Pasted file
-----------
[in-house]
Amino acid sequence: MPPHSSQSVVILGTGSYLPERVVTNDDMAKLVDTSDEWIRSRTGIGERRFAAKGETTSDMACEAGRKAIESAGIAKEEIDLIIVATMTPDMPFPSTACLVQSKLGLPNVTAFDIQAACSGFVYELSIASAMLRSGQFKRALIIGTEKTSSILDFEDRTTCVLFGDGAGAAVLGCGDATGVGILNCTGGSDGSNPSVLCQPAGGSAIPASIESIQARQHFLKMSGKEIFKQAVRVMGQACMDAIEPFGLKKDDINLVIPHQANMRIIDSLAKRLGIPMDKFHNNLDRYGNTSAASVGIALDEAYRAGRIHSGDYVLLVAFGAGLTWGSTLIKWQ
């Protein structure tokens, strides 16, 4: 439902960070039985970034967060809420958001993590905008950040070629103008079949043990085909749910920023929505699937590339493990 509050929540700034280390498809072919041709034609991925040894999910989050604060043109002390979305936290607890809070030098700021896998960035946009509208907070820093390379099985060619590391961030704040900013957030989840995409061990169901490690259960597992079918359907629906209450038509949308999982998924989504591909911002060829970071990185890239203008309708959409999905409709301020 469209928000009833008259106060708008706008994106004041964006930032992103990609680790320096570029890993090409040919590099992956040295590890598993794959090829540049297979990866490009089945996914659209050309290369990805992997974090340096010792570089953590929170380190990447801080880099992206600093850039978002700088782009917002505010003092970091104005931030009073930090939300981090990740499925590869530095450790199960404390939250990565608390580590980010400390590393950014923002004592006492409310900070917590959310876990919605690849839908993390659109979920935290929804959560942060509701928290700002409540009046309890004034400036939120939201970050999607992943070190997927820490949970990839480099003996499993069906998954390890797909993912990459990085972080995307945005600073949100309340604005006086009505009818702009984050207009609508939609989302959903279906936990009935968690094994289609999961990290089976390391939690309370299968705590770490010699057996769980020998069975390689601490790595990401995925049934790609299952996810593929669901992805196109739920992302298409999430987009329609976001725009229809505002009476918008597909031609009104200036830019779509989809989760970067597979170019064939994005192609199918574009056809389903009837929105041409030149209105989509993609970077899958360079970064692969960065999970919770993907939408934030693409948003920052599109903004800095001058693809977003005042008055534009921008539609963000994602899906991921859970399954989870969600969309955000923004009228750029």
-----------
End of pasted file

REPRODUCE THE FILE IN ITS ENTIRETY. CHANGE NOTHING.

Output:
[in-house]
Amino acid sequence: MPPHSSQSVVILGTGSYLPERVVTNDDMAKLVDTSDEWIRSRTGIGERRFAAKGETTSDMACEAGRKAIESAGIAKEEIDLIIVATMTPDMPFPSTACLVQSKLGLPNVTAFDIQAACSGFVYELSIASAMLRSGQFKRALIIGTEKTSSILDFEDRTTCVLFGDGAGAAVLGCGDATGVGILNCTGGSDGSNPSVLCQPAGGSAIPASIESIQARQHFLKMSGKEIFKQAVRVMGQACMDAIEPFGLKKDDINLVIPHQANMRIIDSLAKRLGIPMDKFHNNLDRYGNTSAASVGIALDEAYRAGRIHSGDYVLLVAFGAGLTWGSTLIKWQ
């Protein structure tokens, strides 16, 4: 439902960070039985970034967060809420958001993590905008950040070629103008079949043990085909749910920023929505699937590339493990 509050929540700034280390498809072919041709034609991925040894999910989050604060043109002390979305936290607890809070030098700021896998960035946009509208907070820093390379099985060619590391961030704040900013957030989840995409061990169901490690259960597992079918359907629906209450038509949308999982998924989504591909911002060829970071990185890239203008309708959409999905409709301020 469209928000009833008259106060708008706008994106004041964006930032992103990609680790320096570029890993090409040919590099992956040295590890598993794959090829540049297979990866490009089945996914659209050309290369990805992997974090340096010792570089953590929170380190990447801080880099992206600093850039978002700088782009917002505010003092970091104005931030009073930090939300981090990740499925590869530095450790199960404390939250990565608390580590980010400390590393950014923002004592006492409310900070917590959310876990919605690849839908993390659109979920935290929804959560942060509701928290700002409540009046309890004034400036939120939201970050999607992943070190997927820490949970990839480099003996499993069906998954390890797909993912990459990085972080995307945005600073949100309340604005006086009505009818702009984050207009609508939609989302959903279906936990009935968690094994289609999961990290089976390391939690309370299968705590770490010699057996769980020998069975390689601490790595990401995925049934790609299952996810593929669901992805196109739920992302298409999430987009329609976001725009229809505002009476918008597909031609009104200036830019779509989809989760970067597979170019064939994005192609199918574009056809389903009837929105041409030149209105989509993609970077899958360079970064692969960065999970919770993907939408934030693409948003920052599109903004800095001058693809977003005042008055534009921008539609963000994602899906991921859970399954989870969600969309955000923004009228750029």